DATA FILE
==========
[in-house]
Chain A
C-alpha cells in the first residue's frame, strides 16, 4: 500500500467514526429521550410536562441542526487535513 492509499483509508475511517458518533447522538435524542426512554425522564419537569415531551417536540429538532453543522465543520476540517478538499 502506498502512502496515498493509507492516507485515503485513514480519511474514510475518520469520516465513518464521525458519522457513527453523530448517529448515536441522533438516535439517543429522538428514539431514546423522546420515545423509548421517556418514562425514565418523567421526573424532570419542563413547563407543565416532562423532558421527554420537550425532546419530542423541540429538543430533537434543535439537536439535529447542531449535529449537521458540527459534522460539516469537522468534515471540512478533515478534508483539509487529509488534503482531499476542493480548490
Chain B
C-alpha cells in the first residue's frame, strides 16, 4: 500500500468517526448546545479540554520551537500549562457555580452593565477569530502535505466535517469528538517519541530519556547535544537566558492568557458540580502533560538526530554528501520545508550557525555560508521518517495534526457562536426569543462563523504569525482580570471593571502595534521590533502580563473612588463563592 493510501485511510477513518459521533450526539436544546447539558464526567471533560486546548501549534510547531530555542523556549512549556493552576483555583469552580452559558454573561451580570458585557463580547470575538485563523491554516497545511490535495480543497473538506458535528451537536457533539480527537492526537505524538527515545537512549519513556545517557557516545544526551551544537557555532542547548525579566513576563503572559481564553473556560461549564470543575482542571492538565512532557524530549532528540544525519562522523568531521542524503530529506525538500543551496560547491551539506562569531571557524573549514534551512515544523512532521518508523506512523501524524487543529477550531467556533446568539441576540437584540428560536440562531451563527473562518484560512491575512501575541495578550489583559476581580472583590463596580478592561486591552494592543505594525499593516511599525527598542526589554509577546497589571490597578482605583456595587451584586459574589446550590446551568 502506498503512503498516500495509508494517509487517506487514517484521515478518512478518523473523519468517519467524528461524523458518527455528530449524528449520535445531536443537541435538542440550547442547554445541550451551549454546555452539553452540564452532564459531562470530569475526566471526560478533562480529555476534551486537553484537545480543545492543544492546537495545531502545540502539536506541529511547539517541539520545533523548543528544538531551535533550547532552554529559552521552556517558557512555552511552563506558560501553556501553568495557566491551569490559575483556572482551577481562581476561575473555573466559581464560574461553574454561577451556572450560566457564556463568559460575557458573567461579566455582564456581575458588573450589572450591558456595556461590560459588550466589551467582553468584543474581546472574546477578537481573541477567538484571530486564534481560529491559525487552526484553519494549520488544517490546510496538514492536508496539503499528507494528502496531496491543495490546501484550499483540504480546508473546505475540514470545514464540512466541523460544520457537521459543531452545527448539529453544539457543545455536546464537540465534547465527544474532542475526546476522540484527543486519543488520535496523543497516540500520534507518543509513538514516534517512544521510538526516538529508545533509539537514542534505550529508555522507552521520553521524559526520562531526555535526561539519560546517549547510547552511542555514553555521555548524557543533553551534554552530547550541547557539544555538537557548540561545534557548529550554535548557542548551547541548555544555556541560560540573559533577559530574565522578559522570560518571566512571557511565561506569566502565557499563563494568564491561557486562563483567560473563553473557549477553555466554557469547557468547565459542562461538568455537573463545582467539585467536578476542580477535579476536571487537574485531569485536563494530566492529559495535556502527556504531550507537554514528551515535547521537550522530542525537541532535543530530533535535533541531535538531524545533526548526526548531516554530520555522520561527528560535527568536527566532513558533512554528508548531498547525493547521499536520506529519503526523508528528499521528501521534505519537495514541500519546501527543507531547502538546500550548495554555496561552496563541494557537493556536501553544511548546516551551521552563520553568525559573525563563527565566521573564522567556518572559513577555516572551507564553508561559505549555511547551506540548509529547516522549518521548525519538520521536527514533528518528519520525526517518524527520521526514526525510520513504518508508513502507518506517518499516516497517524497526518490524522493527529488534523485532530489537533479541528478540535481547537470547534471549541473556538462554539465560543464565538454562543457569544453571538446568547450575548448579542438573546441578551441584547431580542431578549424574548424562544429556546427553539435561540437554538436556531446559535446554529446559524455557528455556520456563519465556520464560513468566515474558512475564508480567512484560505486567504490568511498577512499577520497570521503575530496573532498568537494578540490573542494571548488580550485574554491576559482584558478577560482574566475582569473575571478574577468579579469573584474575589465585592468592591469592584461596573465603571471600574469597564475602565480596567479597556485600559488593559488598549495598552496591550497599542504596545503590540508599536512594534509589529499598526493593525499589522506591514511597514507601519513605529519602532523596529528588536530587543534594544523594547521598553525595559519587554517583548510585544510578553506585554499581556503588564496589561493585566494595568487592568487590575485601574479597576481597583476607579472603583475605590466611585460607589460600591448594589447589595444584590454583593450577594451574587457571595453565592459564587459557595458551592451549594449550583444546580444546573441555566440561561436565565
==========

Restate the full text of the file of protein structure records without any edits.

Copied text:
[in-house]
Chain A
C-alpha cells in the first residue's frame, strides 16, 4: 500500500467514526429521550410536562441542526487535513 492509499483509508475511517458518533447522538435524542426512554425522564419537569415531551417536540429538532453543522465543520476540517478538499 502506498502512502496515498493509507492516507485515503485513514480519511474514510475518520469520516465513518464521525458519522457513527453523530448517529448515536441522533438516535439517543429522538428514539431514546423522546420515545423509548421517556418514562425514565418523567421526573424532570419542563413547563407543565416532562423532558421527554420537550425532546419530542423541540429538543430533537434543535439537536439535529447542531449535529449537521458540527459534522460539516469537522468534515471540512478533515478534508483539509487529509488534503482531499476542493480548490
Chain B
C-alpha cells in the first residue's frame, strides 16, 4: 500500500468517526448546545479540554520551537500549562457555580452593565477569530502535505466535517469528538517519541530519556547535544537566558492568557458540580502533560538526530554528501520545508550557525555560508521518517495534526457562536426569543462563523504569525482580570471593571502595534521590533502580563473612588463563592 493510501485511510477513518459521533450526539436544546447539558464526567471533560486546548501549534510547531530555542523556549512549556493552576483555583469552580452559558454573561451580570458585557463580547470575538485563523491554516497545511490535495480543497473538506458535528451537536457533539480527537492526537505524538527515545537512549519513556545517557557516545544526551551544537557555532542547548525579566513576563503572559481564553473556560461549564470543575482542571492538565512532557524530549532528540544525519562522523568531521542524503530529506525538500543551496560547491551539506562569531571557524573549514534551512515544523512532521518508523506512523501524524487543529477550531467556533446568539441576540437584540428560536440562531451563527473562518484560512491575512501575541495578550489583559476581580472583590463596580478592561486591552494592543505594525499593516511599525527598542526589554509577546497589571490597578482605583456595587451584586459574589446550590446551568 502506498503512503498516500495509508494517509487517506487514517484521515478518512478518523473523519468517519467524528461524523458518527455528530449524528449520535445531536443537541435538542440550547442547554445541550451551549454546555452539553452540564452532564459531562470530569475526566471526560478533562480529555476534551486537553484537545480543545492543544492546537495545531502545540502539536506541529511547539517541539520545533523548543528544538531551535533550547532552554529559552521552556517558557512555552511552563506558560501553556501553568495557566491551569490559575483556572482551577481562581476561575473555573466559581464560574461553574454561577451556572450560566457564556463568559460575557458573567461579566455582564456581575458588573450589572450591558456595556461590560459588550466589551467582553468584543474581546472574546477578537481573541477567538484571530486564534481560529491559525487552526484553519494549520488544517490546510496538514492536508496539503499528507494528502496531496491543495490546501484550499483540504480546508473546505475540514470545514464540512466541523460544520457537521459543531452545527448539529453544539457543545455536546464537540465534547465527544474532542475526546476522540484527543486519543488520535496523543497516540500520534507518543509513538514516534517512544521510538526516538529508545533509539537514542534505550529508555522507552521520553521524559526520562531526555535526561539519560546517549547510547552511542555514553555521555548524557543533553551534554552530547550541547557539544555538537557548540561545534557548529550554535548557542548551547541548555544555556541560560540573559533577559530574565522578559522570560518571566512571557511565561506569566502565557499563563494568564491561557486562563483567560473563553473557549477553555466554557469547557468547565459542562461538568455537573463545582467539585467536578476542580477535579476536571487537574485531569485536563494530566492529559495535556502527556504531550507537554514528551515535547521537550522530542525537541532535543530530533535535533541531535538531524545533526548526526548531516554530520555522520561527528560535527568536527566532513558533512554528508548531498547525493547521499536520506529519503526523508528528499521528501521534505519537495514541500519546501527543507531547502538546500550548495554555496561552496563541494557537493556536501553544511548546516551551521552563520553568525559573525563563527565566521573564522567556518572559513577555516572551507564553508561559505549555511547551506540548509529547516522549518521548525519538520521536527514533528518528519520525526517518524527520521526514526525510520513504518508508513502507518506517518499516516497517524497526518490524522493527529488534523485532530489537533479541528478540535481547537470547534471549541473556538462554539465560543464565538454562543457569544453571538446568547450575548448579542438573546441578551441584547431580542431578549424574548424562544429556546427553539435561540437554538436556531446559535446554529446559524455557528455556520456563519465556520464560513468566515474558512475564508480567512484560505486567504490568511498577512499577520497570521503575530496573532498568537494578540490573542494571548488580550485574554491576559482584558478577560482574566475582569473575571478574577468579579469573584474575589465585592468592591469592584461596573465603571471600574469597564475602565480596567479597556485600559488593559488598549495598552496591550497599542504596545503590540508599536512594534509589529499598526493593525499589522506591514511597514507601519513605529519602532523596529528588536530587543534594544523594547521598553525595559519587554517583548510585544510578553506585554499581556503588564496589561493585566494595568487592568487590575485601574479597576481597583476607579472603583475605590466611585460607589460600591448594589447589595444584590454583593450577594451574587457571595453565592459564587459557595458551592451549594449550583444546580444546573441555566440561561436565565